I have read Heartsick, Sweetheart and Evil at Heart twice now, the second time just recently, and I love them even more than the first time. To give you more of an idea of what each novel contained, I will include my reviews that I wrote upon reading them for the first time.


I had been staring at this book on the shelves of my local bookstore since it had come out. Needless to say I was nervous about picking up a book like this (I had previously read some pretty gruesome books in the past, labeled Novels of Terror). I finally jumped the gun and had to pick it up right away.

This was an amazing book. It was disturbing and gruesome but not to the point that the author was simply trying to scare the shit out of you. Gretchen Lowell, the beautiful and psychotic female serial killer is the most intriguing serial killer character that I have ever read. Archie Sheridan, as the damaged and disturbed Detective is simply trying to do his job while dealing with his twisted relationship with the jailed serial killer. This novel is a great portrayal of the Stockholm Syndrome. Chelsea Cain did an amazing job at portraying what happens in hostage/torture situations and one couldn’t help but shiver during the descriptions of what Gretchen Lowell did to her ‘darling’ Archie Sheridan.

It is not really all neatly tied up in the end; yes, the ‘main’ story of the new serial killer is all resolved but the relationship with Archie and Gretchen is sort of left hanging, although he does walk away from her. I’m glad that I waited this long to pick this novel up to read because now I can simply go as soon as possible to get the second one which is already on the shelves.


After reading Heartsick I immediately had to drive out and get Sweetheart. I read this book within a day of starting it. I absolutely loved it!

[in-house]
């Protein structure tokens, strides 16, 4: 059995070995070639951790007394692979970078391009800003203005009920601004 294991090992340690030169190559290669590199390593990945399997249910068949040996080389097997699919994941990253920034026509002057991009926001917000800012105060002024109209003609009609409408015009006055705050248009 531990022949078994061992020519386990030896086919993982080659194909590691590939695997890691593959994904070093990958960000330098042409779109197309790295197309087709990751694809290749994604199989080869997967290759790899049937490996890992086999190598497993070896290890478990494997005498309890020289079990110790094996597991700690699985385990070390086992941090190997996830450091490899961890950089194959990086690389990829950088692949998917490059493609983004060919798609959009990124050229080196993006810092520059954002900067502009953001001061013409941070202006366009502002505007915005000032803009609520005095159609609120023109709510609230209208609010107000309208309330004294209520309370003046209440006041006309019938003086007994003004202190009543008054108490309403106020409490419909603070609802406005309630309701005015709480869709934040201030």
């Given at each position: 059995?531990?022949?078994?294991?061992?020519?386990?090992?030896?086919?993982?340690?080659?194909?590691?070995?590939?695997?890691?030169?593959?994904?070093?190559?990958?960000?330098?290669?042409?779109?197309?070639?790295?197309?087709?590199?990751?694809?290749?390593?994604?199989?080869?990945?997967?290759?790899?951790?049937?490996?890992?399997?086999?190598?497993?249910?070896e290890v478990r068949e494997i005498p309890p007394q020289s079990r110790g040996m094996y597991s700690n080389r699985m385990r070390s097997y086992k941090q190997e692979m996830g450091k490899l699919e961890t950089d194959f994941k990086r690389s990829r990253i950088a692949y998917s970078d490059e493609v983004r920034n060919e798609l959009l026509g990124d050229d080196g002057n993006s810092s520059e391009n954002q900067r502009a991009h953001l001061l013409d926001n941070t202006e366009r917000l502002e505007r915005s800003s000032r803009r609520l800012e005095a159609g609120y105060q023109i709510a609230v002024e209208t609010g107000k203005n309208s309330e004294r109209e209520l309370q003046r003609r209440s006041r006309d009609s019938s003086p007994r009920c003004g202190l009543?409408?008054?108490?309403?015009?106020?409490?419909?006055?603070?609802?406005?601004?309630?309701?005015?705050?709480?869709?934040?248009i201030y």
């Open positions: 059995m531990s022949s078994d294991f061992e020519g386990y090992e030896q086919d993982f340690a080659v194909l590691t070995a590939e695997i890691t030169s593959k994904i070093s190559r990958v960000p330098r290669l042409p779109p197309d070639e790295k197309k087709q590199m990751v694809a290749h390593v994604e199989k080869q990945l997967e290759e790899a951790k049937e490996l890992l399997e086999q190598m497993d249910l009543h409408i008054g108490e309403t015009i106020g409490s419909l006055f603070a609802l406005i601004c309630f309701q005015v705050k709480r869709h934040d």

It picks up basically right where Heartsick leaves off and all those issues not resolved in the first novel are resolved in this. The Molly Palmer issue is resolved, revealing some twisted political shadiness. But the greatest part of this book is the relationship between Gretchen and Archie.

The true nature of their relationship is revealed and it is an absolutely twisted and yet understandable scenario. Archie is doing his best to end his suffering; his friends and family are doing their best to resolve his issues and of course Gretchen is doing her best to make people suffer. She is definitely the Queen of Evil and Archie is definitely the suffering, addicted victim of guilt and the Stockholm Syndrome.

I wouldn’t care if Chelsea Cain didn’t write anything else in her novels except for the relationship between Gretchen and Archie. The story lines with Susan Ward are not the main interest in the novel and I usually find myself wishing that those parts of the story were shorter so I could breeze through them faster. That’s not to say that they are parts of the books that lessen the quality of the novels, because they don’t.

The book is an admirable sequel to Heartsick and I cannot wait until September for the third novel. I have found a new favourite author in Chelsea Cain and characters in Gretchen Lowell and Archie Sheridan.

Evil at Heart

I can still remember walking past the bookshelf for a year after the release of Chelsea Cain’s, Heartsick. Always passing it by because I didn’t think that I would be able to read a novel like hers. I love a good suspense/thriller like anybody else, but there are certain levels of violence that I cannot stomach. I have read novels that have pushed me past my comfort levels for sure. Finally, I caved and picked up Heartsick. I read it in two days and immediately went out to pick up her second novel of the series, which is Sweetheart, and read it in 6 hours. Since finishing that novel, I had been waiting, impatiently, for Evil at Heart.